Kidney Cancer: Treatment for Stage 4 (Metastatic)


Welcome to our treatment for
metastatic stage 4 kidney
cancer quick guide. Cancer treatments can be
divided into two types:
localized and systemic. Surgery and radiation
are localized treatments. They remove or kill the cancer
cells in or near the kidney. Chemotherapy, targeted
therapy and immunotherapy
are systemic treatments. They kill cancer cells that
might be anywhere in the body. About 16 percent (16 out
of 100) people with kidney
cancer are diagnosed … … after their cancer has
already spread, or metastasized
to other parts of their body. This is called stage IV
kidney cancer. In other cases, the
cancer recurs, or comes
back, as metastatic after
initial treatment. In some rare cases, if you
have not previously had surgery
and only have a few
metastatic spots, … … your doctor may
recommend that you have
the kidney removed … …along with any
metastases that are
near the kidney. Whether or not you have
surgery, your doctor will
recommend a systemic treatment. Targeted therapies and
immunotherapies are used to
treat metastatic kidney cancer. Your doctor may
recommend one drug, or
a combination of drugs. Targeted therapies can be given
as pills you take by mouth or
as an IV into your vein. Some targeted therapies work by
blocking the growth of the new
blood vessels tumors need to
grow and survive. Others target specific proteins
that help tumors grow. Immunotherapies are given
as an IV into your vein. These drugs help your
immune system see
and kill cancer cells. Every drug used to treat
kidney cancer has its own
specific side effects. Ask your health care team about
which side effects you should
let them know about right away. Common side effects of
targeted therapy include: · skin rashes · tiredness · nausea · diarrhea · mouth sores · pain and swelling in
the hands and feet and · high blood pressure Immunotherapy drugs work by
getting your immune system
to kill cancer cells. These treatments are
given as infusions. Common side effects can include: · Flu-like symptoms (like
fever, chills, headache,
nausea, and cough) · Fatigue (feeling tired) · Skin problems like rashes,
redness, or itching, and · Muscle or joint pain Less often, the side effects
may be severe or even
life-threatening. Ask your doctor about what
you need to watch out for. Tell your health care team
immediately if you have: · Diarrhea · Problems breathing · Eye problems · Stomach pain, cramping,
nausea, vomiting · Fever · Sudden changes in energy
or severe weakness · Headaches · Chest pain · Decreased urination
(peeing less) · Problems thinking or
remembering things If caught early, these more
severe side effects can often
be managed with steriods. You can learn more about
immunotherapy on the Cancer
Support Community’s website: www.CancerSupportCommunity.org
/immunotherapy A risk stratification tool has
been developed to help doctors
determine treatment options in
patients with metastatic
kidney cancer. One widely used tool, called
the IMDC, looks at whether or
not you have these risk factors: 1. a low red blood cell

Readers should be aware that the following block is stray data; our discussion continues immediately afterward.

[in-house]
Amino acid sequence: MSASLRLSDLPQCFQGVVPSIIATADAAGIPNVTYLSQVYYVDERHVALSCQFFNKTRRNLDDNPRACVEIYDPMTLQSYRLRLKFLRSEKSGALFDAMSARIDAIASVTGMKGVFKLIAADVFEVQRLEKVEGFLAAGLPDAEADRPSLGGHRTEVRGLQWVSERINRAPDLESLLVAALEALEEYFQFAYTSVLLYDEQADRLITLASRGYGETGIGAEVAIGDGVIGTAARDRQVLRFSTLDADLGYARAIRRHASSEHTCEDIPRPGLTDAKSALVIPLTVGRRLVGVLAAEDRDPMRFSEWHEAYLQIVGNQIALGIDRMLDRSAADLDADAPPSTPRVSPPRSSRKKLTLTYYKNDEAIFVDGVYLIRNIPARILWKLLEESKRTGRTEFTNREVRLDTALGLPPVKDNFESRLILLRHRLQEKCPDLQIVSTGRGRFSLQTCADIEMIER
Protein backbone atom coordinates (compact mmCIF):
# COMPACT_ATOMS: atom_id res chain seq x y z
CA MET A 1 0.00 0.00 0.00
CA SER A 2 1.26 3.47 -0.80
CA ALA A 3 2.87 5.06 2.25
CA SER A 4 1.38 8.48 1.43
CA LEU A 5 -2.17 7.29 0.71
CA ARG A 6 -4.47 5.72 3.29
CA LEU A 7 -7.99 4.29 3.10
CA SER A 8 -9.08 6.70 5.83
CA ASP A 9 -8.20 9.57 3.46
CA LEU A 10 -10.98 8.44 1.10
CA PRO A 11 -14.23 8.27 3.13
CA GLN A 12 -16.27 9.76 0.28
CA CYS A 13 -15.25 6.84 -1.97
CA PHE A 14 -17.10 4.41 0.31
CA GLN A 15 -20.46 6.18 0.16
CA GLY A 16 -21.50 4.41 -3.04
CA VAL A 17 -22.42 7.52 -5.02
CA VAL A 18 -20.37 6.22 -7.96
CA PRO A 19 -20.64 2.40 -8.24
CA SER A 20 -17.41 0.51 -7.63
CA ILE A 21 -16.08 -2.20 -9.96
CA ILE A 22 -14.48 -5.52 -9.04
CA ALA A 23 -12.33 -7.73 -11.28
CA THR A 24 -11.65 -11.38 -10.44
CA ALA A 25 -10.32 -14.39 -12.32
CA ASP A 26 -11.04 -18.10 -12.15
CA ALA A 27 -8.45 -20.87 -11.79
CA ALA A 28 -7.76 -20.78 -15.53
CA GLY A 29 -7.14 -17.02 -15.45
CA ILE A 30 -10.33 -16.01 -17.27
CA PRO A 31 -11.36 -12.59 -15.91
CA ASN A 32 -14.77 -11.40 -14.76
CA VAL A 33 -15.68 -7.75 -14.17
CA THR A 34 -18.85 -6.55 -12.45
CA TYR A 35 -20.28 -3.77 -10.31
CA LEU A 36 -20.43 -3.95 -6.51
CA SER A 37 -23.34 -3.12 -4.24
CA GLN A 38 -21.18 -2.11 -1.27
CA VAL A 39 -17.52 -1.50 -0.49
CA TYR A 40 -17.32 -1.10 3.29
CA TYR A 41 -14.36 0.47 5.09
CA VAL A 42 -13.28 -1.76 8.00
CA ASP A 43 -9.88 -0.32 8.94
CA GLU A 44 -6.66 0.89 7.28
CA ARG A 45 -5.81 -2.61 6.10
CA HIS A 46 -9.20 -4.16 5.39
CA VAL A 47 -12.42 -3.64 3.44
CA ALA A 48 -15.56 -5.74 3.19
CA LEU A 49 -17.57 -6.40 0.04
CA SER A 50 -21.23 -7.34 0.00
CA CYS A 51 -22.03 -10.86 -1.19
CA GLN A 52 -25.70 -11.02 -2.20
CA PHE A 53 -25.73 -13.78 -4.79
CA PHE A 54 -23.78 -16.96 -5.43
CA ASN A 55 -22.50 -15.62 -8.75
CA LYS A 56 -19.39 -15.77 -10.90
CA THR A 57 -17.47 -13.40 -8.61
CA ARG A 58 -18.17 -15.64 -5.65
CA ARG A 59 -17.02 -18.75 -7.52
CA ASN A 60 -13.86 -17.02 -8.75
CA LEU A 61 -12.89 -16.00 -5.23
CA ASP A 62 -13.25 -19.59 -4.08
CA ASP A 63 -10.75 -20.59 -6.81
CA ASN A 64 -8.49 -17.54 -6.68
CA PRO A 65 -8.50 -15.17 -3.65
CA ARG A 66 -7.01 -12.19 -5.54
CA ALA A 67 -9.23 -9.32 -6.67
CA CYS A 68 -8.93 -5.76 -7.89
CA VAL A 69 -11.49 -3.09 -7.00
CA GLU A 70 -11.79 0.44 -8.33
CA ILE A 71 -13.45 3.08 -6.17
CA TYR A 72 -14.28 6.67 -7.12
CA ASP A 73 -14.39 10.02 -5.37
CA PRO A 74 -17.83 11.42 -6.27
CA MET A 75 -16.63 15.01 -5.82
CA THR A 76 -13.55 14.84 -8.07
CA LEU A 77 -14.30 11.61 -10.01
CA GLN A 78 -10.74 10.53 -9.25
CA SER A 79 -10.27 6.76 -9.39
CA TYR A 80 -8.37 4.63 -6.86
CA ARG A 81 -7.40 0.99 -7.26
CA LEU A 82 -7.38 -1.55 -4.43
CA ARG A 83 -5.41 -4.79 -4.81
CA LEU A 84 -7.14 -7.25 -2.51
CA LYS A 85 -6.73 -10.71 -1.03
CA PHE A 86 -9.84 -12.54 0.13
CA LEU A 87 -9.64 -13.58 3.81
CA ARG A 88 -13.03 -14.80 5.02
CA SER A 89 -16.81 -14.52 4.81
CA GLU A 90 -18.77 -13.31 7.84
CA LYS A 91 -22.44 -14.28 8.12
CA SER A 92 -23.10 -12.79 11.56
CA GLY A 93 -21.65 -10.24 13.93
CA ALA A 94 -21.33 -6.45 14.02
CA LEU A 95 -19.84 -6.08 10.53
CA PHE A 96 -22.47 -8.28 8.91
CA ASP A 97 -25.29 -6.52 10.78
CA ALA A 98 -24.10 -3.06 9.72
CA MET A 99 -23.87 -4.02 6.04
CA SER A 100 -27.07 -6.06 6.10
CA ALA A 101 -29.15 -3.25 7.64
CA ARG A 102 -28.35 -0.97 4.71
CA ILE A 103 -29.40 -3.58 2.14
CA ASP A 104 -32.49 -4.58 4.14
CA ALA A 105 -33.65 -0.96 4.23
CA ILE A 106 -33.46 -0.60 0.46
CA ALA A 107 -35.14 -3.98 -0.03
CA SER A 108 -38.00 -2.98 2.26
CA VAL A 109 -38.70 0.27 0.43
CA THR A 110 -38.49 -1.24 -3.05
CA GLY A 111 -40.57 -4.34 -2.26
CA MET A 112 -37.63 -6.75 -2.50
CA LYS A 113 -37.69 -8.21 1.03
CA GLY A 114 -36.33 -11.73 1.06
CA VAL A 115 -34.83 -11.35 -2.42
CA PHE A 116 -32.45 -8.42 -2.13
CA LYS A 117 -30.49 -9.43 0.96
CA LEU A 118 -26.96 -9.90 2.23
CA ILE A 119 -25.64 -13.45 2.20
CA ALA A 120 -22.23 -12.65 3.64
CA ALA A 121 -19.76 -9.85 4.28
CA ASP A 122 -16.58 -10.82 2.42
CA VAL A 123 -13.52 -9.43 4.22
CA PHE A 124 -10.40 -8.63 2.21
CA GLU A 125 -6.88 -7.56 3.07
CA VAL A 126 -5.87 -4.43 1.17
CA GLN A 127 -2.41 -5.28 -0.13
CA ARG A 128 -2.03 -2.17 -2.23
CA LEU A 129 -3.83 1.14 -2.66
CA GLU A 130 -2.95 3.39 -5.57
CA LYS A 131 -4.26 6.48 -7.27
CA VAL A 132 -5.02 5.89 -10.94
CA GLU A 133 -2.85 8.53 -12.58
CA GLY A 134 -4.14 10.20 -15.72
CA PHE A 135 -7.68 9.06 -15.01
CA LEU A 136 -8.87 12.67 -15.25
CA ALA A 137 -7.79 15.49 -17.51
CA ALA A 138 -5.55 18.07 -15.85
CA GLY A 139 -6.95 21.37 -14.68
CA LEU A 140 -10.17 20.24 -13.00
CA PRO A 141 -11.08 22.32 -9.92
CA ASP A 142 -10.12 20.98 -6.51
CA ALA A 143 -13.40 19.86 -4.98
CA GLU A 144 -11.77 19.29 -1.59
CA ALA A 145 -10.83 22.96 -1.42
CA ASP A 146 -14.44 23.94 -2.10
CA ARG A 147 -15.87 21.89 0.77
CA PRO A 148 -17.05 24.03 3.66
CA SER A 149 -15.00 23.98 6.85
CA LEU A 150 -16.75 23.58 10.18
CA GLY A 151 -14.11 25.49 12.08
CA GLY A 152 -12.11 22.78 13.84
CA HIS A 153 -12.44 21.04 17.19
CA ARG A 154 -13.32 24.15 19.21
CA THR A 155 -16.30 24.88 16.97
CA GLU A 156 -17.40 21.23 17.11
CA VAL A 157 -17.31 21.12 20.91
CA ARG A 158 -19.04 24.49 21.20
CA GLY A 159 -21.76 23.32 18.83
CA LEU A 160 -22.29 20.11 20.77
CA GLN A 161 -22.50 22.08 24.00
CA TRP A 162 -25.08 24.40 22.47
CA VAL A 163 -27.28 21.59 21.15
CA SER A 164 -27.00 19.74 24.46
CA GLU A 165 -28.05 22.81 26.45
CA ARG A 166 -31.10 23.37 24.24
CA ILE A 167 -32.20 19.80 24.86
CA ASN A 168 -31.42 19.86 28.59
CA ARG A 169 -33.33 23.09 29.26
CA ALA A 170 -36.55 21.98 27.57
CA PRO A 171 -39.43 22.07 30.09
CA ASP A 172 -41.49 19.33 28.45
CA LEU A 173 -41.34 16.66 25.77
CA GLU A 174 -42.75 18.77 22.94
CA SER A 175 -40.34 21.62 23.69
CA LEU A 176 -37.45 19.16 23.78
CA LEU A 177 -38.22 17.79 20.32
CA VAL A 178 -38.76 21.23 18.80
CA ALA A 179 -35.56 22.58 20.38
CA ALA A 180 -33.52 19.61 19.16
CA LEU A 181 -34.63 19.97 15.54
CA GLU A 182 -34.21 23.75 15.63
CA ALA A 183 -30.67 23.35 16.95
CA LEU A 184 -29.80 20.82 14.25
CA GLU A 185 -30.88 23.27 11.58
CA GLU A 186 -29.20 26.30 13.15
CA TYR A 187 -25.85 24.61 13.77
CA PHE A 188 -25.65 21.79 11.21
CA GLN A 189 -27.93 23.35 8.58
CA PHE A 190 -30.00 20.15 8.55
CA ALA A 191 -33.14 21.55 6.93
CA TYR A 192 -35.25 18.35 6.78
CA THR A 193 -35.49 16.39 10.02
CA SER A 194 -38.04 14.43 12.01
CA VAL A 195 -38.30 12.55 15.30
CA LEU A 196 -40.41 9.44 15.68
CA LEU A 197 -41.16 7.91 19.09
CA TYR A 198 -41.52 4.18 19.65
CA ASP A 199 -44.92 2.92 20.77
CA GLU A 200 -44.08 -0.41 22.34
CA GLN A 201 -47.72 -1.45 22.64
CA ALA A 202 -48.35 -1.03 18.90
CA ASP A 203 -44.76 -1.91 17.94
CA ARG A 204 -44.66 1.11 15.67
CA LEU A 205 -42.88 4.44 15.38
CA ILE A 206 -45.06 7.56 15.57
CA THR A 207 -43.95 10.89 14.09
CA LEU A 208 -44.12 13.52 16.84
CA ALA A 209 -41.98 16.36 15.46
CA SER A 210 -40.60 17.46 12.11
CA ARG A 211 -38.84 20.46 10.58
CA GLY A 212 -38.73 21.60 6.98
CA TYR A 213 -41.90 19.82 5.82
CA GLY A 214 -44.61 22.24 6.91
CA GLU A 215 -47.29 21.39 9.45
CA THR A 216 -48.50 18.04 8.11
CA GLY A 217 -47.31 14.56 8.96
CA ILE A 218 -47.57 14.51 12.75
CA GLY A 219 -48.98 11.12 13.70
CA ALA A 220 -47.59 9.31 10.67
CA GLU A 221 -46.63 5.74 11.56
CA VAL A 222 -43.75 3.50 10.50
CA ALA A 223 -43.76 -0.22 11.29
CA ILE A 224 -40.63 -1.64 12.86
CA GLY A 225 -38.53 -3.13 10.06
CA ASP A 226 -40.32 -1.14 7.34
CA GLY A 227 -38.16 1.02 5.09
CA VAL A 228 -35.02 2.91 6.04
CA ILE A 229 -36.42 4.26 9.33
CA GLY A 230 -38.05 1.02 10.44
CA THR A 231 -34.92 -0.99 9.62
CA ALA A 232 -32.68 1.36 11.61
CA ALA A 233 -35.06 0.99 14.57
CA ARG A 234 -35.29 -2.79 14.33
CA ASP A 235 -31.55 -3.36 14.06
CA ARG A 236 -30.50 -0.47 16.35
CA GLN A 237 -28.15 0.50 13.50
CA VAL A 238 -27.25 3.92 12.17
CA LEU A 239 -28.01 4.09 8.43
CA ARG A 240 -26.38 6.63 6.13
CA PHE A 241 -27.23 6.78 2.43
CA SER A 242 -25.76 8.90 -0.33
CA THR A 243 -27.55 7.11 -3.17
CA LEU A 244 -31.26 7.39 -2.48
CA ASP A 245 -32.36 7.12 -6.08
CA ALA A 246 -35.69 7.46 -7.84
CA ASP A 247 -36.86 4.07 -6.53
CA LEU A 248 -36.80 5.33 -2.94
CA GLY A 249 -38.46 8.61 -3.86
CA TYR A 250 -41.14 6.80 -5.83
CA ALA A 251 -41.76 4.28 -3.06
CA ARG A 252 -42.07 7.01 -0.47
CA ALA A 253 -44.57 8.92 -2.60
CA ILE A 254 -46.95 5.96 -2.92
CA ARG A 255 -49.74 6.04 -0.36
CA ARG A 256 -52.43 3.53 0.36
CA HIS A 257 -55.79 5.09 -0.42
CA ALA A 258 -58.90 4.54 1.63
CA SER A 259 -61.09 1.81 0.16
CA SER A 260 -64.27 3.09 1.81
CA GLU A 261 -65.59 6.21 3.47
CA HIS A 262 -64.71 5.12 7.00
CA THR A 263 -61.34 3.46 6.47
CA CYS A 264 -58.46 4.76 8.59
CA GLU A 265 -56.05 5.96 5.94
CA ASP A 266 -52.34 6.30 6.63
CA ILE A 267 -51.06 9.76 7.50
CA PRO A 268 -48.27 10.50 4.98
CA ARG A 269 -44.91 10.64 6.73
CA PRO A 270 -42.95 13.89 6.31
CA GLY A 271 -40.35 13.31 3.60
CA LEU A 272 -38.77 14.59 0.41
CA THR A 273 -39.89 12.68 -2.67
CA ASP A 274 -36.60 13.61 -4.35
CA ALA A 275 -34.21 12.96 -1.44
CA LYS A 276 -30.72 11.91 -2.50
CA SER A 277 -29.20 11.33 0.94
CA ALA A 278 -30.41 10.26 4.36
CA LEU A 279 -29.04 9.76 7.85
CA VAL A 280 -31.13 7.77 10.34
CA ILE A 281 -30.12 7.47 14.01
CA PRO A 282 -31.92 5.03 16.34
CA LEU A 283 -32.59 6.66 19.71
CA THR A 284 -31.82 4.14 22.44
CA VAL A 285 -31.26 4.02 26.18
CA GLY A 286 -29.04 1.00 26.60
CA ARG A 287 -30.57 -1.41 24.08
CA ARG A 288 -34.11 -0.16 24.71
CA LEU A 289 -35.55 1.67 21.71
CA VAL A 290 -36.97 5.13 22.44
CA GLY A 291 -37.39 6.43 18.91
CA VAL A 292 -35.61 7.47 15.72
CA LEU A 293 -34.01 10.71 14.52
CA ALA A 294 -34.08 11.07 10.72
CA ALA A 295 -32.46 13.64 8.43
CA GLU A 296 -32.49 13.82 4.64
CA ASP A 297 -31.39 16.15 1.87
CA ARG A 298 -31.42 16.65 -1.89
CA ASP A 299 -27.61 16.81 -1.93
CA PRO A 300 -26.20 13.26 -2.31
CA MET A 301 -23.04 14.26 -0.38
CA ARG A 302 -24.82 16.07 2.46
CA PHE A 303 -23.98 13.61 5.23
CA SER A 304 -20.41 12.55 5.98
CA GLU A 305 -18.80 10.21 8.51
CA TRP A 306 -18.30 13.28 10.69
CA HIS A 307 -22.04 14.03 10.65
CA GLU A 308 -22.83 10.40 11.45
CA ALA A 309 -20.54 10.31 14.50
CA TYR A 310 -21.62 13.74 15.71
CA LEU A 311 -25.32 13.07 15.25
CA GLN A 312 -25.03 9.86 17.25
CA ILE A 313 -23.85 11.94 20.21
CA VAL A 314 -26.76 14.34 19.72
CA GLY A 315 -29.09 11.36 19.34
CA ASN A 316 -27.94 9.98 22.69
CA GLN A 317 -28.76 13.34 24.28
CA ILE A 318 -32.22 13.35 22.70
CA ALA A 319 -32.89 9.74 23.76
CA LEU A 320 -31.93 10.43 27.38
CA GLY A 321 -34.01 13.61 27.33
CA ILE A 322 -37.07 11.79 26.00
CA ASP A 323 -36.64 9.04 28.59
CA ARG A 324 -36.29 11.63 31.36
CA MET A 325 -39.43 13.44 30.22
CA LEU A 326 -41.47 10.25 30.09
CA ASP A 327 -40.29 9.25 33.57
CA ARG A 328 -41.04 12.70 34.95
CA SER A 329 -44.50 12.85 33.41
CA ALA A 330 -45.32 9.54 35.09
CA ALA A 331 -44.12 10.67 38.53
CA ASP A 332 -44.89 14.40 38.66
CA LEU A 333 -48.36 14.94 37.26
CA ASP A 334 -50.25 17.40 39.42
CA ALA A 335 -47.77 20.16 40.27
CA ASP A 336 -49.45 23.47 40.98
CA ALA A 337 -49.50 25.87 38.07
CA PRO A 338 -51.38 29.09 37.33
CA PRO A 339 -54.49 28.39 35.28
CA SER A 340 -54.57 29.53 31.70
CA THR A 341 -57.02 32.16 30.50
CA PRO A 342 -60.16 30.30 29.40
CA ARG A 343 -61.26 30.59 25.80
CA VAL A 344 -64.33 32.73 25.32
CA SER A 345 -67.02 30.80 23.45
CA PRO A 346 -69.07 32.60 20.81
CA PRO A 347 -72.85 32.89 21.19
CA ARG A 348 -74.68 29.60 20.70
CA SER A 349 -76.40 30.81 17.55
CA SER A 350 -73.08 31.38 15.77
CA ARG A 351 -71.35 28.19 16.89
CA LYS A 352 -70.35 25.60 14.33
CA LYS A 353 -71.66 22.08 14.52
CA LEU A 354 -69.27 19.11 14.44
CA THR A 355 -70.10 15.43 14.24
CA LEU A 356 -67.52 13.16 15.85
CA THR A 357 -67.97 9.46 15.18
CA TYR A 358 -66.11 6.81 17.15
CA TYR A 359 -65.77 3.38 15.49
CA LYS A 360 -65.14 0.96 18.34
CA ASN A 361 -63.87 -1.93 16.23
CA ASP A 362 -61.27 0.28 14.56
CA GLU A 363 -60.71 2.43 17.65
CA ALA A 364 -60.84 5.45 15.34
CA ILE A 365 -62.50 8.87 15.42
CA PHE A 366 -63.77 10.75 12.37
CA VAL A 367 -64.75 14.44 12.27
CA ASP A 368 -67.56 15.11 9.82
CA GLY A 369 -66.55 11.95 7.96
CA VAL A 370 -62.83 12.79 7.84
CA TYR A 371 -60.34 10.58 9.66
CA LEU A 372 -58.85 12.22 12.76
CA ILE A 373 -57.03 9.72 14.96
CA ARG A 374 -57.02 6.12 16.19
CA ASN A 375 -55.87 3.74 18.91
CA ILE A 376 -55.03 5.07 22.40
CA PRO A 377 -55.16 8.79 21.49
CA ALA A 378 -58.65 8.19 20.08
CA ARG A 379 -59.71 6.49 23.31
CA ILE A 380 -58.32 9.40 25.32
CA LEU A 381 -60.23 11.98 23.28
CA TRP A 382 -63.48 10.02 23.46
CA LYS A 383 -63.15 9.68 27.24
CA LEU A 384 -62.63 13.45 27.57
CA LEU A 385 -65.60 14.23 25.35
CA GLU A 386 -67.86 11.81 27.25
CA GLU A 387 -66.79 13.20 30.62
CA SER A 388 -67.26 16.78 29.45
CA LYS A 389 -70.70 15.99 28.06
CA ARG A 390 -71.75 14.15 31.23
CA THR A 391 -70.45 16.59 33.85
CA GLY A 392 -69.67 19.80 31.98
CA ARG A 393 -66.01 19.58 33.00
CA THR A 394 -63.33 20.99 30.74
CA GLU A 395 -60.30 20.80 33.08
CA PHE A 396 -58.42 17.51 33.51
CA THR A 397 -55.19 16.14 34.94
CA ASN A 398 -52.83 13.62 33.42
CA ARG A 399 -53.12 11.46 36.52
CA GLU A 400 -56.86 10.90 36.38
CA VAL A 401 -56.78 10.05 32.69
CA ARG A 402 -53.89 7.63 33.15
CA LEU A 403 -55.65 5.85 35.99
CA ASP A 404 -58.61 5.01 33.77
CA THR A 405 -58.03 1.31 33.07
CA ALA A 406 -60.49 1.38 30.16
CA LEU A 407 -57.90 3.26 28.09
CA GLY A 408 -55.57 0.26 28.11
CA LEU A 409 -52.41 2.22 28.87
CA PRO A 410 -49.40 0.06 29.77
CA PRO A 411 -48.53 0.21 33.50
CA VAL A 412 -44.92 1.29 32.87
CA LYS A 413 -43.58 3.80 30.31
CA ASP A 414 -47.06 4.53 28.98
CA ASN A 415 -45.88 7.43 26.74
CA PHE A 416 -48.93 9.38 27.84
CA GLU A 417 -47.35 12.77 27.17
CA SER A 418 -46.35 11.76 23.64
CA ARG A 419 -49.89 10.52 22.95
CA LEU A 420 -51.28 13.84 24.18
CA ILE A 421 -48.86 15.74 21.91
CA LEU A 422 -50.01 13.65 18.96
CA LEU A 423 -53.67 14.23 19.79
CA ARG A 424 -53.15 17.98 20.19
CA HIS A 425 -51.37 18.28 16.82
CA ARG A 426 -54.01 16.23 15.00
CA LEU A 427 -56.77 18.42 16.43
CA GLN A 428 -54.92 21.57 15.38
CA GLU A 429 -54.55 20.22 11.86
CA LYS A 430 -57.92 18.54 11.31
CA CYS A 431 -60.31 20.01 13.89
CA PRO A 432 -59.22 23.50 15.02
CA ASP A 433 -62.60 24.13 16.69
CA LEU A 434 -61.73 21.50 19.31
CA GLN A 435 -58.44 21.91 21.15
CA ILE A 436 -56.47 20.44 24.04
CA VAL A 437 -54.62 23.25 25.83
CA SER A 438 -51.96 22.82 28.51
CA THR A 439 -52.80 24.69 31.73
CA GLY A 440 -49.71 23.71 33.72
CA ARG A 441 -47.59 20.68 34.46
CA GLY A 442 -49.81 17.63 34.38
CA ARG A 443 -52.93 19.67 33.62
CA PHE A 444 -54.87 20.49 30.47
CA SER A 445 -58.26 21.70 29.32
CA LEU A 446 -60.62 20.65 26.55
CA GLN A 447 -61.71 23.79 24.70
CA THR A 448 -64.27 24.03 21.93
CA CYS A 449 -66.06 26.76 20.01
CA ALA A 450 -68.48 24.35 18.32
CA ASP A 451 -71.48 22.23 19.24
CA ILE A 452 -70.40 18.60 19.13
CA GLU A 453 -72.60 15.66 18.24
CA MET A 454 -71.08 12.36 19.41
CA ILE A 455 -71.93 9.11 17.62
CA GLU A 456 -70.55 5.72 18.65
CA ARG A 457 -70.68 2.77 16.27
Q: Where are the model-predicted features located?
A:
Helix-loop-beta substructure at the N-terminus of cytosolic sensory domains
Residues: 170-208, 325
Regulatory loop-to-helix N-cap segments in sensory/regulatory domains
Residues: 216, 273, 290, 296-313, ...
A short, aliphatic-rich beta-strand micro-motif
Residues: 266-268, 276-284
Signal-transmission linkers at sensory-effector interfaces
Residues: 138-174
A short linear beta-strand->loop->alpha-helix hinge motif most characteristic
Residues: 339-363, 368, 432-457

count, or anemia 2. a high white blood cell
count, or neutrophilia 3. an elevated platelet count,
or thrombocytosis 4. high calcium levels
or hypercalcemia 5. difficulty taking part in
daily activities, and 6. it’s been less than a year
since your kidney cancer
diagnosis or initial
stage 4 (IV) diagnosis The IMDC is scored like this: · 0 factors:
good-risk category · 1 or 2 factors:
intermediate-risk category · 3 or more factors:
poor-risk category. The score helps your doctor
determine if the risk of
symptoms and side effects
outweighs possible benefits
from treatment. Your treatment options may
also include clinical trials. There are currently about 200
clinical trials taking place in
the U.S. that are enrolling
kidney cancer patients. Some are only open to patients
with stage IV kidney cancer. Others are for early-stage
kidney cancer patients. You can: · Ask your doctor if there
are clinical trials that
are right for you · Go to our Resources from the
“Quick Guide on Kidney Cancer”
at www.CancerSupportCommunity
.org/kidney-cancer · Learn more about cancer
clinical trials on the
Cancer Support Community’s
website: www.CancerSupportCommunity.org
/ClinicalTrials As a kidney cancer survivor,
you will want to: · Be prepared: Keep copies
of all medical records and
insurance payments. · Know about the short-
and long-term side effects
that you may experience
following treatment. · Learn what symptoms to be
aware of that may suggest your
kidney cancer has returned. · Learn what symptoms to
be aware of that suggest
your kidney function
has been impaired. · Know if or how often you
should see a nephrologist, an
expert in diagnosing and
managing diseases that affect
how the kidneys function. Taking steps to improve
your overall health, can
help all cancer patients. You will want to:
· Eat a healthy diet. · Get regular exercise. · Stop smoking. · Maintain or try to get
to a healthy weight. · Limit how much
alcohol you drink. · Have access to resources
for emotional support. Learn more about finding
support on the Cancer Support
Community website: www.CancerSupportCommunity.org
/find-support If you would like to learn
about treatment for kidney
cancer in stages 1, 2 & 3, … … as well as the surgical
treatment of kidney cancer, … … watch our ‘Treatment for
Stage 1, 2, & 3 Kidney
Cancer’ Quick Guide.

Leave a Reply

Leave a Reply

Your email address will not be published. Required fields are marked *